Work through waste

2018-11-27 06:01

A collaboration in the CBD is cutting down on litter while creating jobs.

A partnership between the Cape Town Central Improvement District (CCID) and Khulisa Social Solutions, dubbed the Long Street Project, has provided a job opportunity to five street people.

The project looks to manage the “tremendous amount of waste [that] gets generated” due to the high level of entertainment and retail activity on Long Street, CCID CEO Tasso Evangelinos explained at the CCID’s recent annual meeting.“What was happening was the result of the gap in time between venues putting out their municipal bins and the [City of Cape Town’s] Waste Services emptying these bins, and litter ending up on the streets when people rummage through the bins for recyclable materials,” he said.

“Through the project, a cleaning team – assembled via Khulisa’s Streetscape initiative – [will] micro-manage the waste collection process.”

The original pilot project took place in December last year, explains Richard Beesley, manager of the CCID’s Urban Management Department. The pilot project originally stretched along Long Street in the section between Hout and Church streets. It involved a total of 38 retailers. “Then, on 22 January, it was extended to run from Hout Street all the way to Castle Street, and an additional 15 businesses have been included.”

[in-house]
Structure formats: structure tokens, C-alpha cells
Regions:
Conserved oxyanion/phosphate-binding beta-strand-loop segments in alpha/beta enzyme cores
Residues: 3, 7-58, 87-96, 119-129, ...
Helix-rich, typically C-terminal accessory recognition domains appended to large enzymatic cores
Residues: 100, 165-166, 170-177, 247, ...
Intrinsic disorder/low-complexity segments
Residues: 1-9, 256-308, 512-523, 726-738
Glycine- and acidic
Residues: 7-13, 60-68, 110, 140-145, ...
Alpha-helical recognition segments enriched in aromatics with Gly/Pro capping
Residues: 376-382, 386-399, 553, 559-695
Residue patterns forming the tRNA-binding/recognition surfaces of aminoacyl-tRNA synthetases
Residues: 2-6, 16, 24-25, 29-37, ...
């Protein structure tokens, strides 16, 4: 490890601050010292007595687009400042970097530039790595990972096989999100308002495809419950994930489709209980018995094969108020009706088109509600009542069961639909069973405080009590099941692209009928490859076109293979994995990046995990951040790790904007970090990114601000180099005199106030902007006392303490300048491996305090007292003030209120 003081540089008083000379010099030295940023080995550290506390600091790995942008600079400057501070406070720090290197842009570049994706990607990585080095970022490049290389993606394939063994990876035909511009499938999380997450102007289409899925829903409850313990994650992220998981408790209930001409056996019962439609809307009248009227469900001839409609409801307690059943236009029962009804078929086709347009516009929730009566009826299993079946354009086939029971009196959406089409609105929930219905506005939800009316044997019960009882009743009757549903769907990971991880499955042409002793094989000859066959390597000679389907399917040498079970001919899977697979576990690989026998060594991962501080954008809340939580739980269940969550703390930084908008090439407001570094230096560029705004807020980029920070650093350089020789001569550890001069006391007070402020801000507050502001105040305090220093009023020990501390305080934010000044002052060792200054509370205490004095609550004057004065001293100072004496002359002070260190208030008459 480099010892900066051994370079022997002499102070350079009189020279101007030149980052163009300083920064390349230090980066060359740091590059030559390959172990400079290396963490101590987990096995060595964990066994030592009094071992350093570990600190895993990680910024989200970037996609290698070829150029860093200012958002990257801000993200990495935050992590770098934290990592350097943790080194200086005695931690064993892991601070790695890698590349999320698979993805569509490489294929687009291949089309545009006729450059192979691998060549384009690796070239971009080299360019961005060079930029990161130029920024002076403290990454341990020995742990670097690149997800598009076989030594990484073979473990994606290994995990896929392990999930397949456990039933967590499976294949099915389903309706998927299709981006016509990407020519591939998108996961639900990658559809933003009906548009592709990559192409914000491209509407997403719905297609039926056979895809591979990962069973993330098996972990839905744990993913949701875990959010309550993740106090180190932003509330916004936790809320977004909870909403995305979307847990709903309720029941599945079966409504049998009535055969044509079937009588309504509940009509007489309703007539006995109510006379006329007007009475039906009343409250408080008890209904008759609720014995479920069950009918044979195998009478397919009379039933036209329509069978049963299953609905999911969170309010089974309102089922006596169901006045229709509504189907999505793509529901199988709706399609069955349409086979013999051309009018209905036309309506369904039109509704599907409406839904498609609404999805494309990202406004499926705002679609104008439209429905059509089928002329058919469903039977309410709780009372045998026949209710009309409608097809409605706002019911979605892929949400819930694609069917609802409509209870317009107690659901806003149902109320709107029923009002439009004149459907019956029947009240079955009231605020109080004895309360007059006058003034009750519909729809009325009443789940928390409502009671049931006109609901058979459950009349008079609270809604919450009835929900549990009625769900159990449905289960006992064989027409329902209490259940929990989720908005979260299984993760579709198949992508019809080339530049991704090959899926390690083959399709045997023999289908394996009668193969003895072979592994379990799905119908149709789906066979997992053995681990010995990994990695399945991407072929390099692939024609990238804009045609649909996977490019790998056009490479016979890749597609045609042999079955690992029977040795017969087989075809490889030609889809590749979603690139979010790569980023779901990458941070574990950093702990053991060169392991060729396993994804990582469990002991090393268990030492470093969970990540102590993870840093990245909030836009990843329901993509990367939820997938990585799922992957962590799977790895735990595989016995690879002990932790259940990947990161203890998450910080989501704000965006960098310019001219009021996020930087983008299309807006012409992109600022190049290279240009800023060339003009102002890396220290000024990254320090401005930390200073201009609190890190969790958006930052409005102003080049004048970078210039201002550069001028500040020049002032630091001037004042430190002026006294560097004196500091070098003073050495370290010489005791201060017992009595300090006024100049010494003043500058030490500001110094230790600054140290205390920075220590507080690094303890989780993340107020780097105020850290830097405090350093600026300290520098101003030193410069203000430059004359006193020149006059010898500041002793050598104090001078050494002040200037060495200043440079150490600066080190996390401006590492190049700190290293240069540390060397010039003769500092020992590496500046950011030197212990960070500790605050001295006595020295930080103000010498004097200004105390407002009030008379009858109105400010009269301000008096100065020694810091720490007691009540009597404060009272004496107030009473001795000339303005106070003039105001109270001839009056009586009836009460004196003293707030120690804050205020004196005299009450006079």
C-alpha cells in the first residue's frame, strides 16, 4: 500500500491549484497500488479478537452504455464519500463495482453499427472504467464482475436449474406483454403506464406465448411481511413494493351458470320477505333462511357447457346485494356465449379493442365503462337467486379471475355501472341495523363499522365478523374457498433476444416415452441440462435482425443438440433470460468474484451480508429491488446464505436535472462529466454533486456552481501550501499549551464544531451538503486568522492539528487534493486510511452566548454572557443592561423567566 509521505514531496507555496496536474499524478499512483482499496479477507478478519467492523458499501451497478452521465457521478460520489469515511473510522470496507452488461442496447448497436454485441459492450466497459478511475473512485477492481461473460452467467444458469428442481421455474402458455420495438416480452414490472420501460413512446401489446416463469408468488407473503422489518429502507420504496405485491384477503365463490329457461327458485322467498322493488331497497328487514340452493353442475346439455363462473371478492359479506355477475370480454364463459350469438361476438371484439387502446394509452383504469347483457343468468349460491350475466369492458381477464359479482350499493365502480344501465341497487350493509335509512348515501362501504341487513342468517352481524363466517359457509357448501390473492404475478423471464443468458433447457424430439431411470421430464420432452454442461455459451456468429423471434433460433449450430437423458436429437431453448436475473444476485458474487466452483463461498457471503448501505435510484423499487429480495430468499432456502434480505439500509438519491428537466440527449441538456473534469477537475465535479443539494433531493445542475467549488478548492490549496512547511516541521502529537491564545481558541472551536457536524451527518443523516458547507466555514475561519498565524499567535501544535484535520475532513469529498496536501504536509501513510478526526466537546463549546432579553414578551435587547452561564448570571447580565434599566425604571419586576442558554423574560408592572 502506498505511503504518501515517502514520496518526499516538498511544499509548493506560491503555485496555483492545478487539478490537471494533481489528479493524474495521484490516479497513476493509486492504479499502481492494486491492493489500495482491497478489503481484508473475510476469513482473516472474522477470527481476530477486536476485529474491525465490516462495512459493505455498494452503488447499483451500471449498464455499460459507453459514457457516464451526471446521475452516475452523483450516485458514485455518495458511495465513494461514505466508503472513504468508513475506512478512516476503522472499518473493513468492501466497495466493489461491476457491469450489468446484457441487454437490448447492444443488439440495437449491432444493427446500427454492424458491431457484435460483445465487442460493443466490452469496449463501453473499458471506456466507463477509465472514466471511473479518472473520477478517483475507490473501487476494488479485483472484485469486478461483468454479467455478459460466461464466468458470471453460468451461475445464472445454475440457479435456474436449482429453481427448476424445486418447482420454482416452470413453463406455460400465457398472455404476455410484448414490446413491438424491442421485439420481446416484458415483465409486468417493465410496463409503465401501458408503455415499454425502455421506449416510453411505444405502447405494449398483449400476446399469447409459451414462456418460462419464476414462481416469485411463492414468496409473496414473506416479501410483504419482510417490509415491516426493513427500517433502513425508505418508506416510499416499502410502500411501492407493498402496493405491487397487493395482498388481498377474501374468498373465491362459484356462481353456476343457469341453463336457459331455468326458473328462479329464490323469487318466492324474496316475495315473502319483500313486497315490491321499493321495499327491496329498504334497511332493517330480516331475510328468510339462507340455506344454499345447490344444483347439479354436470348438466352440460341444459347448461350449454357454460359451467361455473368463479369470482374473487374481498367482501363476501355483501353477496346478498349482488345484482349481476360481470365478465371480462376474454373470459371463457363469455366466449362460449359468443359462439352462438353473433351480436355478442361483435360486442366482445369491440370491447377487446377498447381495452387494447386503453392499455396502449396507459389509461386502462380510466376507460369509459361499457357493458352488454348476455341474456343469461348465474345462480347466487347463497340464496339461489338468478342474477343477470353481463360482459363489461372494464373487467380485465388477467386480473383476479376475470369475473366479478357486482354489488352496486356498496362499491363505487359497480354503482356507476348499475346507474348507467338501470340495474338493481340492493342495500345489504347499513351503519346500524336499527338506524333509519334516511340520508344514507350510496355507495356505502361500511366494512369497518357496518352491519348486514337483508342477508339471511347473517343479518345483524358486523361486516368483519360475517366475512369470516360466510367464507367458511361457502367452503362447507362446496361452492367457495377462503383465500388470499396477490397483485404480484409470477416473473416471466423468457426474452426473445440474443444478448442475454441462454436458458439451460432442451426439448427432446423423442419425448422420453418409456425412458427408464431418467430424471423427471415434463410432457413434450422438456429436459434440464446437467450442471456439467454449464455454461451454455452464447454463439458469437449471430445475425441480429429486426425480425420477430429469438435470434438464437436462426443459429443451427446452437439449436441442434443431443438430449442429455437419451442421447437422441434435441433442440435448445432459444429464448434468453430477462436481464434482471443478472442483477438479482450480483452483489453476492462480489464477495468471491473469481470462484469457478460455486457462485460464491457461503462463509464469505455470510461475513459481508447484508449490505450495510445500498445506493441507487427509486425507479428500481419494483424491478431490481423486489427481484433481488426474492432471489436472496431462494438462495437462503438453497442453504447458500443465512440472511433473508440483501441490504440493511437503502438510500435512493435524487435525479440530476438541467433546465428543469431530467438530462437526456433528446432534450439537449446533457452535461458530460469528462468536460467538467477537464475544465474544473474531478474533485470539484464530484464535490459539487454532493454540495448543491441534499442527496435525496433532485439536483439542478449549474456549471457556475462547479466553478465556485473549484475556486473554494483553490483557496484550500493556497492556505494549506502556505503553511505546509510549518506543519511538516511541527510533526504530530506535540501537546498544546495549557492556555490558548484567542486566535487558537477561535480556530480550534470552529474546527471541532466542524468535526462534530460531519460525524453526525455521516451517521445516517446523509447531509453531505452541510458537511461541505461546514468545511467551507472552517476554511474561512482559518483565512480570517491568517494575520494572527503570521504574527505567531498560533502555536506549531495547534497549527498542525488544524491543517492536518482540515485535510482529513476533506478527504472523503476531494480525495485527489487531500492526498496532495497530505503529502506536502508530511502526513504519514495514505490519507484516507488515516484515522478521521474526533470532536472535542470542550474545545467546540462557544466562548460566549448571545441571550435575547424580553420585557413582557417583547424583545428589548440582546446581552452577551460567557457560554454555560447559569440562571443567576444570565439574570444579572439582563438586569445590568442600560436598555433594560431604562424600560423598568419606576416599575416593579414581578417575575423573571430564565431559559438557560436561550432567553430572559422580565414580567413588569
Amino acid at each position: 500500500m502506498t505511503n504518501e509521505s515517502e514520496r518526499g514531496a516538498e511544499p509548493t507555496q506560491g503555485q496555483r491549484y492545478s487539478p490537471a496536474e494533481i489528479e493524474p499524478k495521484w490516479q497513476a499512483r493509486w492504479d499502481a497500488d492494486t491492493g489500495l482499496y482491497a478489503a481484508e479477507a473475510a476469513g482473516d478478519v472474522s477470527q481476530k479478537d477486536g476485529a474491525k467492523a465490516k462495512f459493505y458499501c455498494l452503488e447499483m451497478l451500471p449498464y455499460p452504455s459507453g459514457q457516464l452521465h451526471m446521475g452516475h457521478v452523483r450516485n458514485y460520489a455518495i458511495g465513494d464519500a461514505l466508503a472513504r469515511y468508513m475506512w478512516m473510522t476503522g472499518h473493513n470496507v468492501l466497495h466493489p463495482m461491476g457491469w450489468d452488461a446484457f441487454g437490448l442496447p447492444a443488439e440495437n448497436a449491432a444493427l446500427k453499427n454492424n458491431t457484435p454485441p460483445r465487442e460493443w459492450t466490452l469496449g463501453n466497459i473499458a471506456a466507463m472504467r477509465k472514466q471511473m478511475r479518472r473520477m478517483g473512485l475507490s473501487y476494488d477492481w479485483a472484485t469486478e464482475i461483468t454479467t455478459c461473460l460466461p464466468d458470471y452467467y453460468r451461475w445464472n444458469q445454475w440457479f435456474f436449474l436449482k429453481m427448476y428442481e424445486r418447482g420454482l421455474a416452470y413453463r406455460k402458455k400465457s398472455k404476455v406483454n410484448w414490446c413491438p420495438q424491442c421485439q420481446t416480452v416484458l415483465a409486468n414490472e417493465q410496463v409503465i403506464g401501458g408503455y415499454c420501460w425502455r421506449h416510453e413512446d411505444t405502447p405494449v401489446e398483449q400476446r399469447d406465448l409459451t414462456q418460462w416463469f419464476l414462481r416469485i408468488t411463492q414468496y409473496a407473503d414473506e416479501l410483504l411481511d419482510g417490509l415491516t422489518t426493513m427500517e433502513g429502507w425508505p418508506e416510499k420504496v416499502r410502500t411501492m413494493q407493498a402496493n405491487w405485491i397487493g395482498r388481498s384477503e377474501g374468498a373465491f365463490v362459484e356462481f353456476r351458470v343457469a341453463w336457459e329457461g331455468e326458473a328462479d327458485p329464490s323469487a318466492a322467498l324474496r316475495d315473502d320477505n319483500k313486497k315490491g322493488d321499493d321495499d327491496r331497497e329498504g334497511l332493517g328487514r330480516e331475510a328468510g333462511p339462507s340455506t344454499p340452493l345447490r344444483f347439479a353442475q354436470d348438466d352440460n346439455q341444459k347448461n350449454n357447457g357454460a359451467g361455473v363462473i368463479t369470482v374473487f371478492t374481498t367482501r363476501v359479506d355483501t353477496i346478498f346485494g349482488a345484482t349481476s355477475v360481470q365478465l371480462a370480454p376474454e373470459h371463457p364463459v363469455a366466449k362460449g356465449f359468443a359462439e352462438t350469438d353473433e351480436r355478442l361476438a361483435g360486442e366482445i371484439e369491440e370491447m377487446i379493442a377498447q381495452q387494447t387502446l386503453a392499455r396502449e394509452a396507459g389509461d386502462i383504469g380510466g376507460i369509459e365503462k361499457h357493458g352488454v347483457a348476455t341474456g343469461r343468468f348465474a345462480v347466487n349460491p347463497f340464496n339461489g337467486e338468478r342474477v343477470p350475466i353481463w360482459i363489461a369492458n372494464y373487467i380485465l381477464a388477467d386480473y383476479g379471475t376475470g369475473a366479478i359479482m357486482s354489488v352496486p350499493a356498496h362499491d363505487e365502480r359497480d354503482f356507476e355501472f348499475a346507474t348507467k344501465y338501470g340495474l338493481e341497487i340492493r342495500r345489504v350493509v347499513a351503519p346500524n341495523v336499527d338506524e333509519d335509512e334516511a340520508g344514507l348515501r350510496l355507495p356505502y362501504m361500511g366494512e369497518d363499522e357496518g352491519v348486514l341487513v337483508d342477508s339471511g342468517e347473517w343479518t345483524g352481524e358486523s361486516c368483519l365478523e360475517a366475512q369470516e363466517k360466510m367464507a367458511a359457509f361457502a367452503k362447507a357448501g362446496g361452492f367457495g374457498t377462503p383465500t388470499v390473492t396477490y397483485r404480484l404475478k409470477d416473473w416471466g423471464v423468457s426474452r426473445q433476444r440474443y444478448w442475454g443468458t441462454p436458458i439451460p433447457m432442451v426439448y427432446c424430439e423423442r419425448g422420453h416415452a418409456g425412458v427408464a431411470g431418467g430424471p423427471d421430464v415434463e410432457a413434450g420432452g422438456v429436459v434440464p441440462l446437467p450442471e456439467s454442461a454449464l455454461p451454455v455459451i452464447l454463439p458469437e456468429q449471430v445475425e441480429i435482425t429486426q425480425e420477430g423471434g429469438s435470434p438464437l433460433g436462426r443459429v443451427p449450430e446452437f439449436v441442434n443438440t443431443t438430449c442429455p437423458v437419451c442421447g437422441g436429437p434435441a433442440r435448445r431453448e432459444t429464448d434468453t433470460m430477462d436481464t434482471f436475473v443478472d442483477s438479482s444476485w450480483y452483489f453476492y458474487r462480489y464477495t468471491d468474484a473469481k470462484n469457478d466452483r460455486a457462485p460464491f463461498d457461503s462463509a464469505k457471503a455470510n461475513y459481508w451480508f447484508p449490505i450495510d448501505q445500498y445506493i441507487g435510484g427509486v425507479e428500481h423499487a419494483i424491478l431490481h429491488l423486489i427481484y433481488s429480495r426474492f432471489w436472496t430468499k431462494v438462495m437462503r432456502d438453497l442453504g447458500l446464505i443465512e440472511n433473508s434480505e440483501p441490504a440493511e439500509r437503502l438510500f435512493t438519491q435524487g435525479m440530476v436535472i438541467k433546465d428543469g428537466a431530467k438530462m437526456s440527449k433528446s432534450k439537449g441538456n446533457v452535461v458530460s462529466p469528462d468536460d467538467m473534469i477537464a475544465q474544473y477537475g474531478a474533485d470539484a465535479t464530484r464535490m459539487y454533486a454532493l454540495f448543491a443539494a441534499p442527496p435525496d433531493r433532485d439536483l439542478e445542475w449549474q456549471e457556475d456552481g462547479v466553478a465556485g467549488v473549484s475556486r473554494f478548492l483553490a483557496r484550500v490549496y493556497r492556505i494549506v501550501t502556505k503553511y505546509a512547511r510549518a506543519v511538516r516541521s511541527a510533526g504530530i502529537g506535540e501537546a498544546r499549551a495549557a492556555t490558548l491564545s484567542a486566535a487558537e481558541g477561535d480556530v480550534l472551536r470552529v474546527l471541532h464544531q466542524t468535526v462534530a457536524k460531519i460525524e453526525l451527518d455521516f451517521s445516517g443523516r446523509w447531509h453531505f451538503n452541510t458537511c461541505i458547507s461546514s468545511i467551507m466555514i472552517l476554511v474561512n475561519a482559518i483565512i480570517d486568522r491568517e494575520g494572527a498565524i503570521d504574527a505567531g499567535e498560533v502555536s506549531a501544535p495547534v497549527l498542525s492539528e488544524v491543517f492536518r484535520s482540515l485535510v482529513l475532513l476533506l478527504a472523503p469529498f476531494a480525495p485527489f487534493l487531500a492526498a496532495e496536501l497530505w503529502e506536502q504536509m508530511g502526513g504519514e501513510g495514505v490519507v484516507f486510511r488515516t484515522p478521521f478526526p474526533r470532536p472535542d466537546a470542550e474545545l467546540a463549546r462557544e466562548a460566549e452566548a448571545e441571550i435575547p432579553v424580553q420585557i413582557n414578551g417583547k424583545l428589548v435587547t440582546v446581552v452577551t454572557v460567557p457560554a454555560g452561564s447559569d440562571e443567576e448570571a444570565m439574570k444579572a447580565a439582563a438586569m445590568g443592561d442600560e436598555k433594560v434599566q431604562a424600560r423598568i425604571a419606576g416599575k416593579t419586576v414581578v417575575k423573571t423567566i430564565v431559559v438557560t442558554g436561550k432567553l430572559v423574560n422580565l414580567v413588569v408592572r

While the waste is still collected by the City, the project solves “the problem of the bins being left out in the streets for hours on end from the time they are put out until the City’s truck comes around to collect the waste”, he explains.

“Previously, people would rummage in the bins to search for recyclable materials, often leaving behind a mess in terms of litter discharged in the process. There was also the problem of bins being vandalised or even stolen. The Khulisa Social Solutions participants now micro-manage the process. They help to bring the bins onto the street later than usual – so the bins spend less time on the streets – keep an eye on them once they are out, and also monitor people searching through the bins to ensure that they clean up after themselves.”

The project has provided job opportunities for five street people beneficiaries and one supervisor, all of whom are participants in the Khulisa Social Solutions initiative, Beesley adds.

Jesse Laiten, the manager of strategic partnerships at Khulisa, says the project is part of an integrated approach to assist those living on the streets and struggling with substance misuse. “The goal is [to provide] through work, combined with needs-based psychosocial support, assistance to reconnect with their families and finding accommodation to normalise their lives, gain dignity and self-confidence so they can improve their well-being and contribute positively in society. The work is an essential part of this integrated approach. It provides the beneficiaries (like the rest of us) a chance to help themselves instead of being dependent on others,” she says.

Evangelinos added at the meeting: “The project is unique in that not only does it create work opportunities for street people while at the same time combating litter in the CBD and filling a need that the CCID’s regular cleaners are not able to fill, Khulisa also provides its participants with valuable social services. These include daily sessions with a counsellor and psycho-educational training, as well as assistance towards accessing health services and, hopefully, to ultimately help people to move off the streets.”


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